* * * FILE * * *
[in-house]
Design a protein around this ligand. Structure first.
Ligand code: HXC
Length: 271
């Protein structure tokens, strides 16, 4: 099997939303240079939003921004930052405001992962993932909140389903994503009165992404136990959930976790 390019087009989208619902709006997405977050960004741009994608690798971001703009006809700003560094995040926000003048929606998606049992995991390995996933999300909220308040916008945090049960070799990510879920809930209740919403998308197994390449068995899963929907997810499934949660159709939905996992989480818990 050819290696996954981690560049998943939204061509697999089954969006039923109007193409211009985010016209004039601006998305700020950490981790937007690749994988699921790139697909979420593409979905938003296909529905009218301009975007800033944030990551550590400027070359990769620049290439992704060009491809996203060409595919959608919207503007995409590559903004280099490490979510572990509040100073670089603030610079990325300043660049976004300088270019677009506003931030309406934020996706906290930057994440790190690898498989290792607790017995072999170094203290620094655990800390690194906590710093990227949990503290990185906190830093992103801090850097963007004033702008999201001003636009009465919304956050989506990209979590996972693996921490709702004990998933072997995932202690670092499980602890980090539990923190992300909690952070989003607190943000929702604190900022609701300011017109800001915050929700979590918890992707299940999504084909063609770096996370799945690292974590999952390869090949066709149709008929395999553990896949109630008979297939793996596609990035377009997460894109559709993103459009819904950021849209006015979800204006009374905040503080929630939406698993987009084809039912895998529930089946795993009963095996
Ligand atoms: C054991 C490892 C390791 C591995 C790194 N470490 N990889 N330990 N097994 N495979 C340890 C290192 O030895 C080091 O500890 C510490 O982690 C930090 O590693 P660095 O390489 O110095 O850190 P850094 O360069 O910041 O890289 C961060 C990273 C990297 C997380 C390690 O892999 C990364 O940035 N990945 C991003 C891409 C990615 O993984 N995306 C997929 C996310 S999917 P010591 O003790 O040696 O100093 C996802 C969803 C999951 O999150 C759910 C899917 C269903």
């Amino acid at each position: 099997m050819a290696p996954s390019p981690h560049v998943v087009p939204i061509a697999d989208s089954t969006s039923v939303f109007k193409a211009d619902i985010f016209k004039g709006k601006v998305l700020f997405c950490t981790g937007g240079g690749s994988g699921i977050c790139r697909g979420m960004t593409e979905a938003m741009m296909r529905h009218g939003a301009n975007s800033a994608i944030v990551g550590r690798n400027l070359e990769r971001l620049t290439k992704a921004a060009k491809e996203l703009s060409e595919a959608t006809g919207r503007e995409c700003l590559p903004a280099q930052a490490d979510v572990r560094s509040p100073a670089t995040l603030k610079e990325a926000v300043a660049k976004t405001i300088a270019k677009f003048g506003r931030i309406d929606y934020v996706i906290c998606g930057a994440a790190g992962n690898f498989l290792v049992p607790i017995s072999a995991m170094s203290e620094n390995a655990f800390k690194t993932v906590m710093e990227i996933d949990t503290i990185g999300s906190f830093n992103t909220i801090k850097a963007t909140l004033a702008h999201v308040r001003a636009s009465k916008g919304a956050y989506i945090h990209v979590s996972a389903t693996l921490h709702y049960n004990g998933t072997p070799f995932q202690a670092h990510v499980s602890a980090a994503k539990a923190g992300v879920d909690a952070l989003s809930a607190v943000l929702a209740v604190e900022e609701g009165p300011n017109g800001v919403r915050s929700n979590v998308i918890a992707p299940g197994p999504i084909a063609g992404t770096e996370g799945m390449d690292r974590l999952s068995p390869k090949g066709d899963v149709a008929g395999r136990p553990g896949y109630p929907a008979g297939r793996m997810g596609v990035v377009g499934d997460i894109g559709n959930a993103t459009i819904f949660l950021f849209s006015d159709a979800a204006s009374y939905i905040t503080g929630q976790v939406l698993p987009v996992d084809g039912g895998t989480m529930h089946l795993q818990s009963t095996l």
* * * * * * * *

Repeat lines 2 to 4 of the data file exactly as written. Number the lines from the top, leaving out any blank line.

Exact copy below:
Design a protein around this ligand. Structure first.
Ligand code: HXC
Length: 271